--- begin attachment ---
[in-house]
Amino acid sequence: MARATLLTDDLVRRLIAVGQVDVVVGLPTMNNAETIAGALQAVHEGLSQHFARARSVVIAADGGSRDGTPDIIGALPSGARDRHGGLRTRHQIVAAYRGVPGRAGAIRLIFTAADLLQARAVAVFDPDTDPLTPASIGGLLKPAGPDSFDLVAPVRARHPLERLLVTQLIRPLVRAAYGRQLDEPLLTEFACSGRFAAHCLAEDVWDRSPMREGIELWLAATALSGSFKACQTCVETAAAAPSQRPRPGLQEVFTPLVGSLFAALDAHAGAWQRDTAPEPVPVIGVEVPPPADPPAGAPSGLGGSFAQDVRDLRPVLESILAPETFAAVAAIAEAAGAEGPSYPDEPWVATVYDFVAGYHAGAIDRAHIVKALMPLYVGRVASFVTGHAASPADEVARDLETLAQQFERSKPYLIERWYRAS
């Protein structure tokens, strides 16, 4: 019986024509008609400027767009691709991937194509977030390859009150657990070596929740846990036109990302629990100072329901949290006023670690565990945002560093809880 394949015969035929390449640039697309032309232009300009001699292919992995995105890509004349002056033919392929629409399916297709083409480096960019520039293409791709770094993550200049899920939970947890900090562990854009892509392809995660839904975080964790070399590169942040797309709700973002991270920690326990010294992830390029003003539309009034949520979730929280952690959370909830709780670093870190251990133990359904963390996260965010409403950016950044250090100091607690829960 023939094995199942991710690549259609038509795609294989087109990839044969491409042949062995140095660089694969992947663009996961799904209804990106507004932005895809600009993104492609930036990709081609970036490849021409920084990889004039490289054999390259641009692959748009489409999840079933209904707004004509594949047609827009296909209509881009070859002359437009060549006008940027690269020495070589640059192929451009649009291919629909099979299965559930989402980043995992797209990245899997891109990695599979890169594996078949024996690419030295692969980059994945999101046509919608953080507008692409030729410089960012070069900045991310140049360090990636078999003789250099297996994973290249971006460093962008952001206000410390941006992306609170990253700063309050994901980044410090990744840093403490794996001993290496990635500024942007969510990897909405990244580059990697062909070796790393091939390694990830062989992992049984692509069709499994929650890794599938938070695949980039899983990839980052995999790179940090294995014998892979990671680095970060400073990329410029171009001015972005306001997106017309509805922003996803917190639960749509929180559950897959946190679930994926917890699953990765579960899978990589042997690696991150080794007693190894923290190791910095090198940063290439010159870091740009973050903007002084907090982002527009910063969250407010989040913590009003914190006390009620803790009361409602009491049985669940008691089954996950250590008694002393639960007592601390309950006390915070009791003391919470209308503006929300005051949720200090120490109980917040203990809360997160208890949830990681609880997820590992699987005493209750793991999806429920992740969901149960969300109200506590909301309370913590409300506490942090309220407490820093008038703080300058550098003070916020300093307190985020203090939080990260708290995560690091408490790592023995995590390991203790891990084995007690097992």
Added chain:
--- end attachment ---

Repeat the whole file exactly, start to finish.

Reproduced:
[in-house]
Amino acid sequence: MARATLLTDDLVRRLIAVGQVDVVVGLPTMNNAETIAGALQAVHEGLSQHFARARSVVIAADGGSRDGTPDIIGALPSGARDRHGGLRTRHQIVAAYRGVPGRAGAIRLIFTAADLLQARAVAVFDPDTDPLTPASIGGLLKPAGPDSFDLVAPVRARHPLERLLVTQLIRPLVRAAYGRQLDEPLLTEFACSGRFAAHCLAEDVWDRSPMREGIELWLAATALSGSFKACQTCVETAAAAPSQRPRPGLQEVFTPLVGSLFAALDAHAGAWQRDTAPEPVPVIGVEVPPPADPPAGAPSGLGGSFAQDVRDLRPVLESILAPETFAAVAAIAEAAGAEGPSYPDEPWVATVYDFVAGYHAGAIDRAHIVKALMPLYVGRVASFVTGHAASPADEVARDLETLAQQFERSKPYLIERWYRAS
């Protein structure tokens, strides 16, 4: 019986024509008609400027767009691709991937194509977030390859009150657990070596929740846990036109990302629990100072329901949290006023670690565990945002560093809880 394949015969035929390449640039697309032309232009300009001699292919992995995105890509004349002056033919392929629409399916297709083409480096960019520039293409791709770094993550200049899920939970947890900090562990854009892509392809995660839904975080964790070399590169942040797309709700973002991270920690326990010294992830390029003003539309009034949520979730929280952690959370909830709780670093870190251990133990359904963390996260965010409403950016950044250090100091607690829960 023939094995199942991710690549259609038509795609294989087109990839044969491409042949062995140095660089694969992947663009996961799904209804990106507004932005895809600009993104492609930036990709081609970036490849021409920084990889004039490289054999390259641009692959748009489409999840079933209904707004004509594949047609827009296909209509881009070859002359437009060549006008940027690269020495070589640059192929451009649009291919629909099979299965559930989402980043995992797209990245899997891109990695599979890169594996078949024996690419030295692969980059994945999101046509919608953080507008692409030729410089960012070069900045991310140049360090990636078999003789250099297996994973290249971006460093962008952001206000410390941006992306609170990253700063309050994901980044410090990744840093403490794996001993290496990635500024942007969510990897909405990244580059990697062909070796790393091939390694990830062989992992049984692509069709499994929650890794599938938070695949980039899983990839980052995999790179940090294995014998892979990671680095970060400073990329410029171009001015972005306001997106017309509805922003996803917190639960749509929180559950897959946190679930994926917890699953990765579960899978990589042997690696991150080794007693190894923290190791910095090198940063290439010159870091740009973050903007002084907090982002527009910063969250407010989040913590009003914190006390009620803790009361409602009491049985669940008691089954996950250590008694002393639960007592601390309950006390915070009791003391919470209308503006929300005051949720200090120490109980917040203990809360997160208890949830990681609880997820590992699987005493209750793991999806429920992740969901149960969300109200506590909301309370913590409300506490942090309220407490820093008038703080300058550098003070916020300093307190985020203090939080990260708290995560690091408490790592023995995590390991203790891990084995007690097992």
Added chain: